"Both the US and China must know that although we want to have good relations with both, we do not do things at their behest," he said. "Ultimately, we act in a principled way and we will only do what is in the best long-term interests of Singapore citizens."

Mr Vikram Nair (Sembawang GRC) had asked how the Government would balance relations with both sides, given their intensifying rivalry. Replying, Dr Balakrishnan said the key variable in this equation was the bilateral relationship between the US and China.

Both countries are locked in a bruising trade war and although a phase one trade deal was inked in January, thornier issues relating to structural changes to China's economy have not been dealt with, and left for later.

Both sides have to make "strategic choices" moving forward, he said.

On its part, the US has to decide how it wants to deal with China.

"It can work with China in the global order, get China to participate within a rules-based system and compete with China on a fair basis, or the US can strive to remain the dominant power in all arenas, in all areas, at all costs and seek to arrange international rules so as to limit China's power and influence," he said.

China, on the other hand, has to decide whether it wants to be a "benign superpower, welcome and respected by other countries", as it seeks to increase its influence.

"If so, China must be willing to make adjustments to participate within the international rules-based system and give space to others, especially other small countries," Dr Balakrishnan said, adding that not doing so will seed resentment and pushback.

MPs such as Mr Baey Yam Keng (Tampines GRC) and Ms Tin Pei Ling (MacPherson) asked how Singapore would deepen relations with either side.

Dr Balakrishnan noted that the US has helped build a rules-based global order that has been a formula for peace and prosperity.

Singapore has been a "clear beneficiary" like many other emerging economies, and continues to believe in upholding such a rules-based system, even though it recognises that "some of the rules" need to be updated, he said.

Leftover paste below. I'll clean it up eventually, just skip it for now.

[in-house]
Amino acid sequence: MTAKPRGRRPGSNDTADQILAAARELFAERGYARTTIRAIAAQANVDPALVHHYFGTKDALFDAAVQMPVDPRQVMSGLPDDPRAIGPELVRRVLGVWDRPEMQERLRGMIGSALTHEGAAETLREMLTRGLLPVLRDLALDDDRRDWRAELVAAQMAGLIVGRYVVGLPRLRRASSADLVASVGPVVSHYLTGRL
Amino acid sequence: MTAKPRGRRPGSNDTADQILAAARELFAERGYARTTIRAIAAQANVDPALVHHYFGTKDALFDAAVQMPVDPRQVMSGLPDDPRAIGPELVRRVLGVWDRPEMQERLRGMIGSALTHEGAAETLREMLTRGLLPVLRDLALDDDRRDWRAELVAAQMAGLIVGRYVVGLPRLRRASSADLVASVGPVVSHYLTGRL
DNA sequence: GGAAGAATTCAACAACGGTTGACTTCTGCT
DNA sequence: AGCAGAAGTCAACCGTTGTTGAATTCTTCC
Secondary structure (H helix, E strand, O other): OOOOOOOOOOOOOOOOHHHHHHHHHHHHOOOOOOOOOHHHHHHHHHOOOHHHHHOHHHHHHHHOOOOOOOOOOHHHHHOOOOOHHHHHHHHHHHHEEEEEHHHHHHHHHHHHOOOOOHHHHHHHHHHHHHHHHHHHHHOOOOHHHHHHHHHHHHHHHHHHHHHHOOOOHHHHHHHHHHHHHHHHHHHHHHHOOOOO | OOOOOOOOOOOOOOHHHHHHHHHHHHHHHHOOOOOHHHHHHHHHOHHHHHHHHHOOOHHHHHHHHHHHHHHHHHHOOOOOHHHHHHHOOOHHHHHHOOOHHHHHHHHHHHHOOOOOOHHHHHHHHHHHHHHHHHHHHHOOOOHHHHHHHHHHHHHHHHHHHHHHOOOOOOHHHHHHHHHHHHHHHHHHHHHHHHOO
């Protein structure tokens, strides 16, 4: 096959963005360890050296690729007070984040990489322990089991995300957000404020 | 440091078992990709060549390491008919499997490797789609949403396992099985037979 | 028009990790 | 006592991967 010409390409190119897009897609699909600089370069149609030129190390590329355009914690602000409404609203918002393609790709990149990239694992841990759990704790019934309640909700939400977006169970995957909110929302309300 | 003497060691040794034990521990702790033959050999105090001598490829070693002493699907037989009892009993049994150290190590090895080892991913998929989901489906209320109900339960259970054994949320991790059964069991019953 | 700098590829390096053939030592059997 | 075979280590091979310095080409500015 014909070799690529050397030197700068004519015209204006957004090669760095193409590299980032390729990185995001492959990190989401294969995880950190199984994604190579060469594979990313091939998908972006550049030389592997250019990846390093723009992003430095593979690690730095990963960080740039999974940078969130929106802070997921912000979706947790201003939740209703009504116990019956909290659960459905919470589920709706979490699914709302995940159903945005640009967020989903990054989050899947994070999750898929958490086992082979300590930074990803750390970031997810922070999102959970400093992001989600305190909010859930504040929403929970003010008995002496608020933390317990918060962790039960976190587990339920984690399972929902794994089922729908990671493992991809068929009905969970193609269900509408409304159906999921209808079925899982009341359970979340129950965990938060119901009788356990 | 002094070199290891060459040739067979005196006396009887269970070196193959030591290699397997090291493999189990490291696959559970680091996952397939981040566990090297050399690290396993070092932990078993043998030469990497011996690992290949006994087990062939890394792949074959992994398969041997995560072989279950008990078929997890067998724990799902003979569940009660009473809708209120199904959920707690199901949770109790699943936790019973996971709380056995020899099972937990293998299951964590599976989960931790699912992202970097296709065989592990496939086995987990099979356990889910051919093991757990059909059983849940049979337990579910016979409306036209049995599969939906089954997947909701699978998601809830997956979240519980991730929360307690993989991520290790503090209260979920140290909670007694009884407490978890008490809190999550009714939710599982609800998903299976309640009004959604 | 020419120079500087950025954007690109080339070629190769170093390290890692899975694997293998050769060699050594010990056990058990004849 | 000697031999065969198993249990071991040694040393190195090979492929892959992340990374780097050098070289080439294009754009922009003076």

The US continues to maintain its ties with the region and is the largest investor in Singapore, he said, noting that both countries had renewed a key defence pact last year.

As for China, both Dr Balakrishnan and Minister of State for Foreign Affairs Sam Tan pointed out that Singapore has been China's largest foreign investor since 2013. This year also marks the 30th year since Singapore and China established diplomatic relations, he said.

The deep relations between both sides are being kept up even as Singapore's 4G leadership takes over the reins. "I'm confident that our fourth-generation leaders are continuing to strengthen our friendship and trust between our two countries," Mr Tan added.

In his speech, Defence Minister Ng Eng Hen said the US Department of Defence has made it clear that the Indo-Pacific is now its priority theatre because of China, which the US deems as a "strategic competitor" and "rival power".

It is putting that policy in practice, Dr Ng noted, by moving more ships, planes, other equipment and troops to its bases in Japan and South Korea, on top of the 78,000 troops already stationed there.

Meanwhile, the expansion of China's People's Liberation Army has gained momentum and its navy is now the world's largest in terms of number of ships, he said. The US' recent statements and moves are likely to accelerate, not slow down, the pace of PLA modernisation, he noted.

Singapore watches these developments closely, Dr Ng said, trying to preserve space for itself, to maintain its sovereignty and pursue its own interest. "We have no desire to take sides or be caught in the crossfire. So far, we have maintained independence and space for ourselves, but as contestation increases in this region, it will be increasingly difficult to do so."

Govt to do its best to look after citizens overseas
No one will be left behind' - Govt assures Singaporeans abroad amid Covid-19 outbreak
By Rei Kurohi, The Straits Times, 3 Mar 2020

As Singapore focuses on containing and overcoming the Covid-19 outbreak at home, Foreign Minister Vivian Balakrishnan yesterday assured MPs the Government will do its best to take care of Singaporeans abroad who may be affected by travel restrictions or are at risk of exposure to the virus.

"We will leave no Singaporean behind. This is a 24/7 commitment," he said during the debate on his ministry's budget.

More Singaporeans are living, working and travelling overseas than before, he noted. This means "more Singaporeans will occasionally run into trouble overseas - be it personal crises, epidemics, natural disasters or political unrest".

On Jan 30 and Feb 9, 266 Singaporeans and their family members were flown back from Hubei province's capital Wuhan, the epicentre of the outbreak.